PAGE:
Monday, April 9, 2018

She Got Away

One of my favorite reasons for working the long flight to Hawaii, is well, it is Hawaii.  To me, even a short layover of 20 hours in Hawaii is worth it.  Seeing a glimpse of the beach, of the sun, of all the beauty that Hawaii entails can help get me through a long winter.  Another big reason I love these flights is that people are generally happy to be on the plane, often having realized that long awaited, long planned for goal of a family trip to the beautiful islands.  When the flight attendants are happy, and the passengers are happy, it's a really good combination.  Eight or ten hours together and six or seven services is also enough time to really get to talk to people.  I LOVE getting to talk to people.  I love hearing their stories.  I love hearing how they have been planning these trips for many, many years.  I love sharing with them all of my restaurant recommendations and fun things to do on their vacation.  I love sharing my love of Hawaii with them.
A couple of months ago, a flight to my "happy place" became even more special.  A large family of six people all boarded in "Make A Wish" t-shirts.  We all know what that means.  Someone in the group has a very serious illness, and more than likely this trip is their wish come true.  It gives me goosebumps just to think about this, because most often the recipients of these trips are children.  Children that have gone through things that no child should ever have to go through.  Someone once explained it better than I ever could.  Children get to live in a bubble for awhile before they grow up, but for these children, their bubble burst long before it should have.
As the family got settled in their seats, I introduced myself and offered any help I could give.  The family consisted of Mom and Dad, twin sisters and two brothers.  One of the twin sisters was very talkative, and the other was quieter.  The more talkative sister, June, said, "I just had my 8th Birthday. I had cancer. But I'm better now and my hair is growing back and we are going to Hawaii!  We got up this morning at four o'clock and left our house in our pajamas, but I changed in the car, because I can't wear my pajamas to Hawaii!"  I was in love with this child before she finished her sentence.  Not only was she adorable and sweet and a survivor, she was decked out from head to toe in jewels, glitter and all things pink.  Be still my heart.  As the long flight went on and on, and June got tired of her movies and her snacks and her family, she came back to visit me in the galley.  I had her practice sitting on the jump seat like we do for take-off and landing, then showed her around the galley--the ovens, the drinks, the snacks.  Back on the jump seat, she sat on my lap (jump seats are the smallest seats in the whole world) and started to look at all my jewelry, because to be honest, I'm a jewelry freak, too.  I'm usually covered in far more jewels than I am supposed to be wearing while at work.  She would touch my bracelet, and want the story on it  --where it came from, when I got it, why did I like it.  I would do the same to her.  The same with earrings and necklaces.  By this time she had figured out I was a kindred spirit, a girly girl who loved all things well, girly.  But then we got to rings.  June said, "I just painted my nails last night for the trip! I bet you did, too!  Let me see your nails!"  And I remembered I had not taken the time to paint my nails, and not only that, I hadn't even thought about my nails for a while and they looked like it.  I tried to hide my nails, but she wouldn't have it and the look on her face when she saw my "nails" was classic.  "You didn't do your nails for the trip to Hawaii?  Why not?  How could you go to Hawaii and not do your nails?"  I knew telling her I went to Hawaii almost every week wasn't going to be a good enough answer, so I just fessed up and said, "I forgot to do my nails last night and it was too late this morning and I was too rushed," and June looked at me like the teacher used to do in school when I was chatting with my neighbor and said, "Promise me you won't ever do that again, ever."  And I did.  I promised my new friend June that for her, I would always check to make sure that my nails were done before I went to Hawaii, or on any plane.  Every single time.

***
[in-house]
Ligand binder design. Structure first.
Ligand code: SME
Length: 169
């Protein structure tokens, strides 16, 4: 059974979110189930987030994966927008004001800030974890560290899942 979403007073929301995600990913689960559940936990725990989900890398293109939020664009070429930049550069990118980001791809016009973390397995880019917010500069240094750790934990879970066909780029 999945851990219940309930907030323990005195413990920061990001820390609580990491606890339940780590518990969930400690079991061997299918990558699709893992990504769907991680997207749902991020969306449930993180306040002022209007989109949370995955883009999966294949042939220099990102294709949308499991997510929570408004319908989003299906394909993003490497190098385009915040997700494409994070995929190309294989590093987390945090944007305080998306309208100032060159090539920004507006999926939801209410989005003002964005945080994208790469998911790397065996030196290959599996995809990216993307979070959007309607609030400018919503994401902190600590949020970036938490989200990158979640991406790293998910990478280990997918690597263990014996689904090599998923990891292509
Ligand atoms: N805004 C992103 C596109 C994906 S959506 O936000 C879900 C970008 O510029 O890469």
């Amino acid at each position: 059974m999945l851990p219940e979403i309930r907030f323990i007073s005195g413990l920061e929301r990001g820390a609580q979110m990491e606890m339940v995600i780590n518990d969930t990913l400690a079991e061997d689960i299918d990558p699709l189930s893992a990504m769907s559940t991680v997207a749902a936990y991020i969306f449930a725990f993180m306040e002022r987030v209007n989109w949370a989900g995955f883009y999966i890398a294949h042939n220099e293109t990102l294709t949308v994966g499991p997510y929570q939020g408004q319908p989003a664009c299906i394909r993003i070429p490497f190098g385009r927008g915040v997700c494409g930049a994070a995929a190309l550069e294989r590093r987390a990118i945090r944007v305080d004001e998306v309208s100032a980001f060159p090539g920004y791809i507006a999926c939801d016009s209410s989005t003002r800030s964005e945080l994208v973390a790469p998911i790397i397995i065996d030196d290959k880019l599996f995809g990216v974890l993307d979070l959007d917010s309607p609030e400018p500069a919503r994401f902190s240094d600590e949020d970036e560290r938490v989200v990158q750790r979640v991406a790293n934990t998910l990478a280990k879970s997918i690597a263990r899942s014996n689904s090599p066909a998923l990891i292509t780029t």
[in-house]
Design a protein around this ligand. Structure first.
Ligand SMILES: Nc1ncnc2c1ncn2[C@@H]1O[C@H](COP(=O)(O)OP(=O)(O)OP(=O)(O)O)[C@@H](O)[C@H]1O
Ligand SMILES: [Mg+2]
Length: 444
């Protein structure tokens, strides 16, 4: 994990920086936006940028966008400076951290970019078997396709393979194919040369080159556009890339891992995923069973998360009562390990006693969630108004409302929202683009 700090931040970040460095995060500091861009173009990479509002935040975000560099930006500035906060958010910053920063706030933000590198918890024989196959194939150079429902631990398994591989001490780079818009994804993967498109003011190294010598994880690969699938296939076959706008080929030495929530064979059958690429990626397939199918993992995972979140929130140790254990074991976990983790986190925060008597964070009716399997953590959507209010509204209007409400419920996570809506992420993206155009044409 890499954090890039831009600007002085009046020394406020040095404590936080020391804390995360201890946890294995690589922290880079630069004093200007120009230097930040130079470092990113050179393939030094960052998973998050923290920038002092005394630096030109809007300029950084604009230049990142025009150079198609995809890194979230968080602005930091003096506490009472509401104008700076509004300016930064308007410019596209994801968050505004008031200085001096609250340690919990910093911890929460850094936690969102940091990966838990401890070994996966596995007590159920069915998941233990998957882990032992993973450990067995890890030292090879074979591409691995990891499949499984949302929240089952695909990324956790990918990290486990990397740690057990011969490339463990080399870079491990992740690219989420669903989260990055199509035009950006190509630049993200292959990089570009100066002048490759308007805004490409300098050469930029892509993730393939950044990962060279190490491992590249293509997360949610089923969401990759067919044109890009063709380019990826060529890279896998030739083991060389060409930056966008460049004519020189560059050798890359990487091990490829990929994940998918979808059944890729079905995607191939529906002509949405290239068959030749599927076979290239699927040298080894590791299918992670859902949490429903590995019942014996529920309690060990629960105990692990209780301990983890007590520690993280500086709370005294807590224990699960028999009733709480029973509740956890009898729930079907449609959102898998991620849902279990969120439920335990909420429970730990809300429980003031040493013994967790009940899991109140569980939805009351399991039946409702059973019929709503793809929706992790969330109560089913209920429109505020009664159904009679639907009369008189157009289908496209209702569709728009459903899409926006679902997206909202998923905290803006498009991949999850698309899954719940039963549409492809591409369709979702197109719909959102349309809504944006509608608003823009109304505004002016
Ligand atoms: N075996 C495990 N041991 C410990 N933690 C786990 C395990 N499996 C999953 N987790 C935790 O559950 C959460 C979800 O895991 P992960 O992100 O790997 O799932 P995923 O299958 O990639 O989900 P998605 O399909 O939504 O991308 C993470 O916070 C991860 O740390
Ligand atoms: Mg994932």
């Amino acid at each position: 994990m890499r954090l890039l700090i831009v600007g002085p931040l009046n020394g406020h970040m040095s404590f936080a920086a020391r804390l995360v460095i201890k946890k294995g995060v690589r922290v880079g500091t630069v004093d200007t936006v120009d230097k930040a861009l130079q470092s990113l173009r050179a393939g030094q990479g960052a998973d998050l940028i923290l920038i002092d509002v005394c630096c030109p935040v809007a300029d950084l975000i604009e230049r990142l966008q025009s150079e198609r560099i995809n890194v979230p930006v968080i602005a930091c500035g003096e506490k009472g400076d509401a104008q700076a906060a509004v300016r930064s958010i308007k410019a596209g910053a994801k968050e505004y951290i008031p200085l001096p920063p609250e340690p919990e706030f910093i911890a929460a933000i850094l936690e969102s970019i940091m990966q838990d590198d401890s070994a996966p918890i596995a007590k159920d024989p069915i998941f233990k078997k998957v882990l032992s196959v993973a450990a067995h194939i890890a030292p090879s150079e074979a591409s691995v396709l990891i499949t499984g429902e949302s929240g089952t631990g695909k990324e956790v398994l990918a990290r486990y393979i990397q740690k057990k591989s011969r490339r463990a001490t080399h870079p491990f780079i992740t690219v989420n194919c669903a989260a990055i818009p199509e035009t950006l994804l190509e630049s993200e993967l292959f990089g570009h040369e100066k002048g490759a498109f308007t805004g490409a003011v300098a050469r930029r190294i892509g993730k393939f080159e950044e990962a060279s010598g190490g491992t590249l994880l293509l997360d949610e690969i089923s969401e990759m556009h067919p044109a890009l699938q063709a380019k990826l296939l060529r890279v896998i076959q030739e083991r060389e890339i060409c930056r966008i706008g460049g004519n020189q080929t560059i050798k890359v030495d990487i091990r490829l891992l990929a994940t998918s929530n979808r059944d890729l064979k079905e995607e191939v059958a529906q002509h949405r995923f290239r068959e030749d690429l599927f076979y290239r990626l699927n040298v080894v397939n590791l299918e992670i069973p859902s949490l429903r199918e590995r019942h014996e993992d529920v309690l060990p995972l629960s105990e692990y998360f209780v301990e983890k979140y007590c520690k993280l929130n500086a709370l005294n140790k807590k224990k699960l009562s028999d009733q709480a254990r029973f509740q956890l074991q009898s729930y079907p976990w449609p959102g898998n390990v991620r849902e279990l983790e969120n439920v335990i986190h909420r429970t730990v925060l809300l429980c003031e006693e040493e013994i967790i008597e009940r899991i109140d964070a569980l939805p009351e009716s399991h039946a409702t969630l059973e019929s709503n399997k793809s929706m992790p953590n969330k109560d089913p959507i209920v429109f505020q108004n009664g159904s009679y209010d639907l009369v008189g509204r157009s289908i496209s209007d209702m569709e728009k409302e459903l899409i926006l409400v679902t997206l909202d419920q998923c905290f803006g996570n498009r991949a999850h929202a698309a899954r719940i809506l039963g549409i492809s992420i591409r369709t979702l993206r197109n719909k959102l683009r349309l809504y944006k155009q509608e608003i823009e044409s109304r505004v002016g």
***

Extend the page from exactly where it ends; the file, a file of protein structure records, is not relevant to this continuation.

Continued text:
June went back to her seat and I went back to work.  Every time I passed by June, she looked up and smiled at me like we had a secret.  (We did.)  But in the craziness of getting to Hawaii, people rushing off the plane to get to their long awaited vacations, June disappeared.  Not just June, but her whole family.  I was devastated.  My new girlfriend was gone.  As I deplaned I looked for her everywhere, hoping that she had not gotten away from me.  But she had.  She got away.  I had come up with an idea that we would be pen pals, and that I would send her jewels and postcards from far away destinations, and I would know that she was OK, that she truly had put her cancer battle behind her for good.  But that didn't happen.  She got away.
But part of her will always be with me.  If you see me on a plane working,  please check my nails.  Because I promised June that I would always take the time to paint my nails.  You never know if the lovely Miss June will cross my path again.  But I have to be ready for her if she does.

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